Wall Street sank further today, as concerns about financial companies overcame enthusiasm about the Fed's credit moves.

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NEW YORK — Wall Street sank further today, extending its heavy losses as enthusiasm over Federal Reserve efforts to inject confidence into credit markets gave way to concerns about financial companies’ balance sheets.

The Dow Jones industrial average closed down 508.39, or 5.1 percent, at 9,447.11. The drop came a day after the blue chips fell below 10,000 for the first time in four years. The Dow skidded as much as 800 points on Monday before finishing with a loss of 370.

Broader indexes also dove. The Standard & Poor’s 500 index slid 60.66, or 5.7 percent, to 996.23, while the Nasdaq composite index sank 108.08, or 5.8 percent, to 1,754.88.

Federal Reserve Chairman Ben Bernanke warned in a speech today that the financial crisis could prolong the difficulty the economy is facing. Some traders appeared to regard his remarks as a sign that an interest-rate cut could be in the offing, but that did not stanch the losses that built on Monday’s huge drop.

Investors appeared initially heartened but still very cautious following the Fed’s announcement that it plans to buy massive amounts of corporate debt to jump-start lending in the markets where many companies turn for short-term loans. The evaporation of faith that loans will be repaid has lenders weary and is making it more difficult and expensive for businesses and consumers to borrow.

The Fed’s latest move is designed to lubricate the frozen credit markets whose troubles have spread to other parts of the economy. Still, the measure stops short of a broad interest rate reduction that some investors say is necessary to restore confidence in the market. Other market watchers argue, however, that more focused steps like the Fed’s decision to buy commercial paper are what’s needed.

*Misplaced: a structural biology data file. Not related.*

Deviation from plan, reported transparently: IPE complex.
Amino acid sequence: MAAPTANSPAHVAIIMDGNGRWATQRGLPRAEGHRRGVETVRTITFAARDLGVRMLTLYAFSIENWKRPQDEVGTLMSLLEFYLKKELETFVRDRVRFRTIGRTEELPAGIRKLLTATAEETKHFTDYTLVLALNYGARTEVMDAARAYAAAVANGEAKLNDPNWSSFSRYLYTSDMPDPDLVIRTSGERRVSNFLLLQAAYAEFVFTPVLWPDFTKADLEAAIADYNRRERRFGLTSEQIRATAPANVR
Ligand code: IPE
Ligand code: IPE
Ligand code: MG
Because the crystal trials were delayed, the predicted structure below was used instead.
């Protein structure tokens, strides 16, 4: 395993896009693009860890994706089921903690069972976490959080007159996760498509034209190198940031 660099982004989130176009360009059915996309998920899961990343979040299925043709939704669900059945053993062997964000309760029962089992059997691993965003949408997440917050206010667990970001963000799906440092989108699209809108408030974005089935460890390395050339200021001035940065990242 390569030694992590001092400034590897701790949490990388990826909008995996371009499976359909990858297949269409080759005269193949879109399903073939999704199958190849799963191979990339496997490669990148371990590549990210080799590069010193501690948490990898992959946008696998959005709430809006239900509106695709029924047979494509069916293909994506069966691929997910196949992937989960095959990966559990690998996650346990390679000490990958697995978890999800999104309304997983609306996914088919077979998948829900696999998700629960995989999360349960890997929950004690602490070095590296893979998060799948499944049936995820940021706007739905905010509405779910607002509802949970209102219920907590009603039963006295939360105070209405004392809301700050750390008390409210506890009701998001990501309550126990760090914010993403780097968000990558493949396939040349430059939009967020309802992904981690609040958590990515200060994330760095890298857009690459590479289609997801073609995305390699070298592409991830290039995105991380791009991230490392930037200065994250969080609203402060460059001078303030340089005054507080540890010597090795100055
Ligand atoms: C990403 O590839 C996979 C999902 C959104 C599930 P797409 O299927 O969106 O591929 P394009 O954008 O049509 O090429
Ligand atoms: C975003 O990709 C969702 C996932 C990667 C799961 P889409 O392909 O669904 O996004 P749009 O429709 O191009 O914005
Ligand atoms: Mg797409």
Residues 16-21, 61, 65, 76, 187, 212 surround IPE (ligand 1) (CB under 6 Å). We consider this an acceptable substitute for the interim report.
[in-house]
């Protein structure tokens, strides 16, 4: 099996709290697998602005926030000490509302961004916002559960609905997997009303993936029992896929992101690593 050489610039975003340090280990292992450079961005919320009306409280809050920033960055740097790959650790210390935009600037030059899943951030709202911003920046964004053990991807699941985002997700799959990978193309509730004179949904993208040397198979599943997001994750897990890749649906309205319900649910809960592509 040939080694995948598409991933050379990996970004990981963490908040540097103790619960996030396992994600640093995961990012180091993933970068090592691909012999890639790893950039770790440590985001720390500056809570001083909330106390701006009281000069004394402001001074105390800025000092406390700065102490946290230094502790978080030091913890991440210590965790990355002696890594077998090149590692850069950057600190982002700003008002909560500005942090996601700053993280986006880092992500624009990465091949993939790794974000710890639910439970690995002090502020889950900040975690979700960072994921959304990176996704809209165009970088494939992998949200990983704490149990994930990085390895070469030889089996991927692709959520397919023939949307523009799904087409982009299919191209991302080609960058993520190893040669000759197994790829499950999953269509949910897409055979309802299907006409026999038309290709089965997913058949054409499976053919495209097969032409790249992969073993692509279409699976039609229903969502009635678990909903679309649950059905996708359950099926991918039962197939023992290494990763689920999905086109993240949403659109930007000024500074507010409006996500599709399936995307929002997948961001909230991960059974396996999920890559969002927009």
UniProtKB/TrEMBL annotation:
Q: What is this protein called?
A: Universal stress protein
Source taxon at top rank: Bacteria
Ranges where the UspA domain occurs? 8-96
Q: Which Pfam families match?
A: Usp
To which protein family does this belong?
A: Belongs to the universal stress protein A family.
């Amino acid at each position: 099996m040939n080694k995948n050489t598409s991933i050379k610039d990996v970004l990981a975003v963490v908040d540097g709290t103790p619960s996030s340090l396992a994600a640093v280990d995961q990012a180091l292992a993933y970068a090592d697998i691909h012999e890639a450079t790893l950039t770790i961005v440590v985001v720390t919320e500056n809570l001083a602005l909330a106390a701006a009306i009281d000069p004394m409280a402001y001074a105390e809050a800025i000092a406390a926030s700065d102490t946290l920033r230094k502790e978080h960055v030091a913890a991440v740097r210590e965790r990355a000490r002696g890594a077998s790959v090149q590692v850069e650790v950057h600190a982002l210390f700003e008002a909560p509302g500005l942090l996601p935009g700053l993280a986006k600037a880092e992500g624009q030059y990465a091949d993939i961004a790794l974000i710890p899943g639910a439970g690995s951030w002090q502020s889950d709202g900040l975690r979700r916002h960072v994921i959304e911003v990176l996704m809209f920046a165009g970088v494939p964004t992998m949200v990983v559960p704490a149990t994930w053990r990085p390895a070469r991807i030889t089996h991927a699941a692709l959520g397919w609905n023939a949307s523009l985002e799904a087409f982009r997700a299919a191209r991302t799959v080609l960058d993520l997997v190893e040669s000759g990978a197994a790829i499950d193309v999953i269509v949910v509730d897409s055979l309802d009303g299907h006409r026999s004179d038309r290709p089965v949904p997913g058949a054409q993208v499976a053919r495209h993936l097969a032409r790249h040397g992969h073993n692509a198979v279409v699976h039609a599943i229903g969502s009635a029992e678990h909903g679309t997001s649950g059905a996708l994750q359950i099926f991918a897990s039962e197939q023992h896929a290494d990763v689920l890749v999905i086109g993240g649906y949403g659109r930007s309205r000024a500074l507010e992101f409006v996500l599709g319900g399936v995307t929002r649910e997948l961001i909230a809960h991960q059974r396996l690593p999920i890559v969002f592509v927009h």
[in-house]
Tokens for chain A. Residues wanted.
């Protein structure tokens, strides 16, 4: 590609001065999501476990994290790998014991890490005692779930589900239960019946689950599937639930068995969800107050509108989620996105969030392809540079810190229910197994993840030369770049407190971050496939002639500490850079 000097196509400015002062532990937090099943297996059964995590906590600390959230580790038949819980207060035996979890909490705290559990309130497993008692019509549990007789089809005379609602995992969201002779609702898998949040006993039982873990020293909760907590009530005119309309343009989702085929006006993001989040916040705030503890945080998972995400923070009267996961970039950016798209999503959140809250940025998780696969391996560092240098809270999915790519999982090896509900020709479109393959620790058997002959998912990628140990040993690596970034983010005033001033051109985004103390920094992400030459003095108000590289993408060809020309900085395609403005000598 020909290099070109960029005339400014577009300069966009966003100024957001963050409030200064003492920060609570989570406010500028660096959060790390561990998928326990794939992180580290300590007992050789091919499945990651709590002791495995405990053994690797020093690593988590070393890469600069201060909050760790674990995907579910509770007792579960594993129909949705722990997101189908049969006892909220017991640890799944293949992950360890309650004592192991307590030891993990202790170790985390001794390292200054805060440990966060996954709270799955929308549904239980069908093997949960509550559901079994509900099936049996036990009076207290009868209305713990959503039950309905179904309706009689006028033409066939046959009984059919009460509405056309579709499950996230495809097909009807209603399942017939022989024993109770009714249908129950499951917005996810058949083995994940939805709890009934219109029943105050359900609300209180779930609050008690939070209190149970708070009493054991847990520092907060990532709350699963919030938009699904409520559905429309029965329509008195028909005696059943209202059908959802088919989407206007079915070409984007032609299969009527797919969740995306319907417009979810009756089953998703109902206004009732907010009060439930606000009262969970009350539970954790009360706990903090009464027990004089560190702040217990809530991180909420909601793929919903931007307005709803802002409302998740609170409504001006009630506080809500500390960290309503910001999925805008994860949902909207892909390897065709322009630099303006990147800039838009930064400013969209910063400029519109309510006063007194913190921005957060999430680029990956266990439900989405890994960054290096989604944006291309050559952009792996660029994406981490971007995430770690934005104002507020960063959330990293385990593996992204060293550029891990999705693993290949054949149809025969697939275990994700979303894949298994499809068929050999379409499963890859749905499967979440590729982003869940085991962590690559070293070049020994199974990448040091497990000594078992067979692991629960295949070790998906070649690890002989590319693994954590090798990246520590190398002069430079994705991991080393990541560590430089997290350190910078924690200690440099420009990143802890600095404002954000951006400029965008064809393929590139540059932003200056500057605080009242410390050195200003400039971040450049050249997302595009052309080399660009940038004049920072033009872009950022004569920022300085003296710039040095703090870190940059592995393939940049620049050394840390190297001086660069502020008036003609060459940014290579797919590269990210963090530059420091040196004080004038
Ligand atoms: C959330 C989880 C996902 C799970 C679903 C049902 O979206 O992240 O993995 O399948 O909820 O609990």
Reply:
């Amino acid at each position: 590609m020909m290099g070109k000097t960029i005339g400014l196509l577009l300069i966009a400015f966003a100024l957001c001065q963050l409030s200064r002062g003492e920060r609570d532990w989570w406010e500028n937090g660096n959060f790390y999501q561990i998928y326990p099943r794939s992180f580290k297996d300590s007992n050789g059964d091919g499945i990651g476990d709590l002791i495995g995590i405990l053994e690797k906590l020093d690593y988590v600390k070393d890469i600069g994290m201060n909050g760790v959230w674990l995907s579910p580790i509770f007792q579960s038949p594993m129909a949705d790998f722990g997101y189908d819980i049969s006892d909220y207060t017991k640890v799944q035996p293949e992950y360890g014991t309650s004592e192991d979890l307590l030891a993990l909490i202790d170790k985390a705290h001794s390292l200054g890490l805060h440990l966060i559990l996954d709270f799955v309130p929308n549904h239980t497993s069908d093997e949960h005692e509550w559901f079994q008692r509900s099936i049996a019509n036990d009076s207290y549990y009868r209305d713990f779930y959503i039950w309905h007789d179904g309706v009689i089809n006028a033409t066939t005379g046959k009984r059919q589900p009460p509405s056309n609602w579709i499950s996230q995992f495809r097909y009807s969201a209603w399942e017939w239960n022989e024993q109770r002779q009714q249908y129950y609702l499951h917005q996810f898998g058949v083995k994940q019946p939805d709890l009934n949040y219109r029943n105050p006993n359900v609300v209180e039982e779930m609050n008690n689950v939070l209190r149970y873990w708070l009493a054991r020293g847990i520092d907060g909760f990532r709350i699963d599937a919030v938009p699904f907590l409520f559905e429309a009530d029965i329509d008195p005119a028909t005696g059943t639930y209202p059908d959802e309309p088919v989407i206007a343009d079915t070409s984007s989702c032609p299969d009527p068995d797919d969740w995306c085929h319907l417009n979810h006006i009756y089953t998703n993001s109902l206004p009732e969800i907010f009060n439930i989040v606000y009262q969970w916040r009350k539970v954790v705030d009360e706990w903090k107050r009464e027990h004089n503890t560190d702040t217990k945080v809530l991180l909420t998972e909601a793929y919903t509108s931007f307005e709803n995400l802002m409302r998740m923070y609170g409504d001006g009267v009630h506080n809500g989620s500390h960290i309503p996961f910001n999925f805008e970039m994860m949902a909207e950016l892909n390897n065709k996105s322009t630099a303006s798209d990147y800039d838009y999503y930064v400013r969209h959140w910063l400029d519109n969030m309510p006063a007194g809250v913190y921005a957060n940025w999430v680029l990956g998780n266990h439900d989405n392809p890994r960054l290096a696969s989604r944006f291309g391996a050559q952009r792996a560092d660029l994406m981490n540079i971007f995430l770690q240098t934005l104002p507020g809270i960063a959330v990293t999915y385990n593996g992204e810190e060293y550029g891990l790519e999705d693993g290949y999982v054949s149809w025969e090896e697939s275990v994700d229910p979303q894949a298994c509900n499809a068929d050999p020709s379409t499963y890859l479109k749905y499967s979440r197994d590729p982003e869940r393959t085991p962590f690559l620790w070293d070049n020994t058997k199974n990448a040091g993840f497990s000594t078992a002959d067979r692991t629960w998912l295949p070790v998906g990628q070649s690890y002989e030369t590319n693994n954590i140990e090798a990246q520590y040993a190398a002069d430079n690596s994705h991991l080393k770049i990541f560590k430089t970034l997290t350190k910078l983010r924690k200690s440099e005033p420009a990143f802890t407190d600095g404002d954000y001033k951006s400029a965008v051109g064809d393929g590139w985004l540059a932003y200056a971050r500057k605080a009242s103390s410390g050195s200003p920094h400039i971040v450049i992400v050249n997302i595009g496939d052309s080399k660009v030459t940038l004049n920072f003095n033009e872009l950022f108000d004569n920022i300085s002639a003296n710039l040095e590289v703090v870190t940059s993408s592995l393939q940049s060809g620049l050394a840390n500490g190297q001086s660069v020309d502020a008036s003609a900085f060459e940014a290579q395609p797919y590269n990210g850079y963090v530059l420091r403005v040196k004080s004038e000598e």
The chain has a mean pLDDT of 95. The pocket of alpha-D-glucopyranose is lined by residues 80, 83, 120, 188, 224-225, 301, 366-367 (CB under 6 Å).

Some investors remain worried about financial companies like Bank of America, which after the closing bell Monday slashed its dividend and reported that its third-quarter profit fell 68 percent. The stock fell $8.45, or 26.2 percent, to $23.77 and was the one of the steepest decliners among the 30 stocks that comprise the Dow industrials.

A rumor that Mitsubishi UFJ Financial Group was pulling out of a deal to acquire up to 24.9 percent of the voting shares of Morgan Stanley sent the investment bank’s stock tumbling $5.85, or 24.9 percent, to $17.65.

Investors are fearful that financial companies will continue to face cash shortages even with efforts in Washington and by other governments to resuscitate lending.

“I think we have weeks of volatility ahead of us,” said Kim Caughey, equity research analyst at Fort Pitt Capital Group.

She said the write-downs of bad debt at Bank of America are a reminder to investors that troubles within the financial sector remain.

The dollar was mixed against other major currencies, while gold prices fell.

Oil prices rebounded after plunging Monday to an eight-month low on concerns a global recession will undermine demand for crude. Light, sweet crude rose $2.25 to settle at $90.06 a barrel on the New York Mercantile Exchange.

Concerns about the credit markets still fed demand for the relative safety of government debt, though pressures eased. The yield on the three-month Treasury bill, which moves opposite its price, rebounded to 0.80 percent from 0.50 percent late Monday. Demand for short-term Treasurys remains high because of their safety; investors are willing to take extremely low returns just to have their money in a secure place.

Some investors moved into longer-term Treasury bonds, which while still safe don’t draw as much demand as shorter-term debt in times of fear. The yield on the 10-year note fell to 3.49 percent from 3.50 percent late Monday.